Well, sometimes we are all caught between a rock and a hard place. Education (and teaching) is often more than just ‘being at work’. On reflection, staff and students had the opportunity to see me as a human-being and not as a teacher or school leader. An important characteristic for good leadership? The hard part, is not just balancing your own family/home commitments with work, but also being able to work around them when possible. Can you still do the job that is required of you? I know it must not be easy for others, but here’s hoping your employer is more ‘human than leader’ when they need to be.
MumsNet have a great overview of everything parenting. Highly recommended. Tax; child-care and salary implications. are never easy to understand. Over-complicated for those who it is designed to hit hard (in my opinion) and for those who can just about make sense of it all. EYFS statutory guidance is here
This DfE consultation below, seeks views on changes to the provision of early education and childcare as a result of measures in the Children and Families Act 2014. Child-minder agencies are designed to give parents more choice and help with securing childcare that meets their needs.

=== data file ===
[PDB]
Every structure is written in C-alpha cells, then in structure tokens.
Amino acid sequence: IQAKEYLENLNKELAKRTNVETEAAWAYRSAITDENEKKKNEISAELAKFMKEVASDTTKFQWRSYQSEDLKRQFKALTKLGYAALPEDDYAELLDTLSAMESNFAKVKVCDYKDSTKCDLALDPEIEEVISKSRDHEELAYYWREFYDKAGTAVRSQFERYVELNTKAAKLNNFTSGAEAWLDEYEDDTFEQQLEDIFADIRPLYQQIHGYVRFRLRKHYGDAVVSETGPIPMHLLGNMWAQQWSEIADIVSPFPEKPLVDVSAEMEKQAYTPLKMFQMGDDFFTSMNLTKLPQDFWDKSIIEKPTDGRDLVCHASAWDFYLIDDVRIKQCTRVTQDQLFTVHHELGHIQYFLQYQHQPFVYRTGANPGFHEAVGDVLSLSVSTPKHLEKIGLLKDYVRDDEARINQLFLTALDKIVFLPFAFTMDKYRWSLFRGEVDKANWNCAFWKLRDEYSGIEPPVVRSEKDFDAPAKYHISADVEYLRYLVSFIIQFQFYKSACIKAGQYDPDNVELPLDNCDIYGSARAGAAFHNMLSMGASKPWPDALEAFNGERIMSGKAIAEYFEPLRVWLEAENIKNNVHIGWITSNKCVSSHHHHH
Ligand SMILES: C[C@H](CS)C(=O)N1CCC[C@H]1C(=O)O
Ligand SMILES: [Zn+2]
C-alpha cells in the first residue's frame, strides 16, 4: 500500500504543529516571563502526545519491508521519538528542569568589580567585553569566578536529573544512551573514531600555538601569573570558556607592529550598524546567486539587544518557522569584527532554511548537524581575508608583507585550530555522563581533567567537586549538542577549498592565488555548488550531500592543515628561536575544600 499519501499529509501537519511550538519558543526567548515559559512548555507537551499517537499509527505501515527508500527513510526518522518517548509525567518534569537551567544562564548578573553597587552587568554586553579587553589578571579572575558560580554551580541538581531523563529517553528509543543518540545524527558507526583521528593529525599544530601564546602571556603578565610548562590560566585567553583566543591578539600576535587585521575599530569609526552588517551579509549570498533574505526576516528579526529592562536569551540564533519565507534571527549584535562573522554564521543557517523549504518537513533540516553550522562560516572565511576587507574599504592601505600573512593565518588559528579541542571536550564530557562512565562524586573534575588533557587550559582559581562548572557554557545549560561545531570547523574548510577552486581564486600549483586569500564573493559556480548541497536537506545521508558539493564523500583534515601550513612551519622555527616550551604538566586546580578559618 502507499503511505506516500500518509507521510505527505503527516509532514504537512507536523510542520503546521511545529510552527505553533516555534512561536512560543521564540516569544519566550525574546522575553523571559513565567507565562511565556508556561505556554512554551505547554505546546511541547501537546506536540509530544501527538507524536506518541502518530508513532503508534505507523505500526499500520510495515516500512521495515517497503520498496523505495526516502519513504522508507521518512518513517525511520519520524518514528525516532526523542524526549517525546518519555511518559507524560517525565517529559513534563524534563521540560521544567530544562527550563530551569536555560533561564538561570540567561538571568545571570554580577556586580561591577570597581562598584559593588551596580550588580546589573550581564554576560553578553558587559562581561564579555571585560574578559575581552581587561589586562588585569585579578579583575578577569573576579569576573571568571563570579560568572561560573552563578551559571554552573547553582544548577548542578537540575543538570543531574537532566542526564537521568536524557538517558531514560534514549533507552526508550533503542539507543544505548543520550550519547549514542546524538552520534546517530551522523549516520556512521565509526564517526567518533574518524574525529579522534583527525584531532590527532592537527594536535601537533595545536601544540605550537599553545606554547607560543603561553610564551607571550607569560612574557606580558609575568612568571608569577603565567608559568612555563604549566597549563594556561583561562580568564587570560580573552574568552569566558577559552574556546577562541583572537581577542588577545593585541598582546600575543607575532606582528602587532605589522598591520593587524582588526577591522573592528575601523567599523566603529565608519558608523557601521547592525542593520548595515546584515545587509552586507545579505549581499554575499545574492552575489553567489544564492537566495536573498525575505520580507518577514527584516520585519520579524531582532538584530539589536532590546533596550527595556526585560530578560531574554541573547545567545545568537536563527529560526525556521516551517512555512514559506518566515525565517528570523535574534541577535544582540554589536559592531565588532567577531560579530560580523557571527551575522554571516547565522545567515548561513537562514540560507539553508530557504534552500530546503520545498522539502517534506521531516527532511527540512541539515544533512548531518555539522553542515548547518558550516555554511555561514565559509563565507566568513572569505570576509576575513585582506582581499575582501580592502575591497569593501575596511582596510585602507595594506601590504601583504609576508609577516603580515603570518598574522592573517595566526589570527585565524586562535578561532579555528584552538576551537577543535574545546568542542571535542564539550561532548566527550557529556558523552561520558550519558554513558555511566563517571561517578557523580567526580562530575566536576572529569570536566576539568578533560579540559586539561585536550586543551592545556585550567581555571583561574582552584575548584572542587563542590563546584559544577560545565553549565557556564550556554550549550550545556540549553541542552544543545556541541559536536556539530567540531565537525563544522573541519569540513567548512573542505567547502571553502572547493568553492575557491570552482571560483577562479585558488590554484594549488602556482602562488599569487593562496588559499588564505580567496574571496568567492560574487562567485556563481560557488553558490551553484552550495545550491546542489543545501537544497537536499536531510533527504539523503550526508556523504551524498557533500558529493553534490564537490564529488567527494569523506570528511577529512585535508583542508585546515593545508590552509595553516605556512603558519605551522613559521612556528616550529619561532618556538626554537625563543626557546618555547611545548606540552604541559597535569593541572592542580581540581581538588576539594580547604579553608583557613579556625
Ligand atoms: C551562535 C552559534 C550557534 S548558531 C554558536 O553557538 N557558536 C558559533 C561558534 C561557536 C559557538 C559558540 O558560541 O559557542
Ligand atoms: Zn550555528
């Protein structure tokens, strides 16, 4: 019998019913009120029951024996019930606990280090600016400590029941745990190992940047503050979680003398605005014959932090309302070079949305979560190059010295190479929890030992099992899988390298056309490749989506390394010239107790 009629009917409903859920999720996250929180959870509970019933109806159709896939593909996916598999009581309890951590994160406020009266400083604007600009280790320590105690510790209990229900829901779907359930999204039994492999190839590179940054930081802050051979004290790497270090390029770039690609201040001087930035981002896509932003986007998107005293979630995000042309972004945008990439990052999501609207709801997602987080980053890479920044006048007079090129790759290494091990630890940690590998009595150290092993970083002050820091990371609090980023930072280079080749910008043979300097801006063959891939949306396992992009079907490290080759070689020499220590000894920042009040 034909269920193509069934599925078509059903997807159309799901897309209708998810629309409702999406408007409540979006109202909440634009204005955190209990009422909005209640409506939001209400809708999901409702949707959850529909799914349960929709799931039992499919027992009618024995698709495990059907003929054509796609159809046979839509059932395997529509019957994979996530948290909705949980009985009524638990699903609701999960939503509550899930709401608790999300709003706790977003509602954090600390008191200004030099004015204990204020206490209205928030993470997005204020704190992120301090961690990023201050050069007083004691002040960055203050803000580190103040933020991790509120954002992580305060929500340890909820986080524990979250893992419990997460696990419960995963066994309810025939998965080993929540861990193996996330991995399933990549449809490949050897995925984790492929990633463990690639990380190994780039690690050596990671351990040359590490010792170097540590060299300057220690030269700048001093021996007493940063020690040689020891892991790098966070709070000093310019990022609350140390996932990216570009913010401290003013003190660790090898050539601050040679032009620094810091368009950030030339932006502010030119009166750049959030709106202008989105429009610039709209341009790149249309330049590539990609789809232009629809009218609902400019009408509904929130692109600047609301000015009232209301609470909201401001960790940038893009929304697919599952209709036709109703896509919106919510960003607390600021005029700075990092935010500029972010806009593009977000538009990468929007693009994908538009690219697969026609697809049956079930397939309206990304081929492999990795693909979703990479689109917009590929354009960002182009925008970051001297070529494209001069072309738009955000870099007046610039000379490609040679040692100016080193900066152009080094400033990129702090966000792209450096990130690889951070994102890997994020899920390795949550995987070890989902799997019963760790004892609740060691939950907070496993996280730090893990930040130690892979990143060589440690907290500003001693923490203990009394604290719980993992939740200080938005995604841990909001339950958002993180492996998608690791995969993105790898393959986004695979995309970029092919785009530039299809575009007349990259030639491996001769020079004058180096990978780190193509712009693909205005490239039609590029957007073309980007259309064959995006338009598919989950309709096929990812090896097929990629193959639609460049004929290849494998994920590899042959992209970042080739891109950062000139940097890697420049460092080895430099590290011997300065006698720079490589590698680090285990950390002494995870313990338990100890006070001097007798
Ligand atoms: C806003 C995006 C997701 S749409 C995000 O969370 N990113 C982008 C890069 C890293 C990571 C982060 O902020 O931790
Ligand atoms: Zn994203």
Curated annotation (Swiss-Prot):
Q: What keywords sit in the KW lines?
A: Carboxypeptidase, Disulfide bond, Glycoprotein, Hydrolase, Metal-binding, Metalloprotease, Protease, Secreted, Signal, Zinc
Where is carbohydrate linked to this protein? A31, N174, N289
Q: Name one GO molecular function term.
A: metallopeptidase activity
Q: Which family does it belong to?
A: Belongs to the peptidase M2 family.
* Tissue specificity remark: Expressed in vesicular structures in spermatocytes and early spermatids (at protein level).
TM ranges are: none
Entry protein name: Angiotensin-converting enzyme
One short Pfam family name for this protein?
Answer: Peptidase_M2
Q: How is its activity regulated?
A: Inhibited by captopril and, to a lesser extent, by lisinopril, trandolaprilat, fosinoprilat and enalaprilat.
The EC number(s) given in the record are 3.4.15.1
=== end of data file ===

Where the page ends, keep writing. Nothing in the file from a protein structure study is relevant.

The Government wants to make more great childcare available for children, and to provide more choice and flexibility for parents. If we want all of our children to succeed at school, go on to university or into an apprenticeship and thrive in later life, then we must get it right in the early years.
I think the quicker the government funds all schools to become 3-18 years, the better. What do you see as the key problems for schools and parents? Thank you to @NancyGedge for her pre-publication thoughts.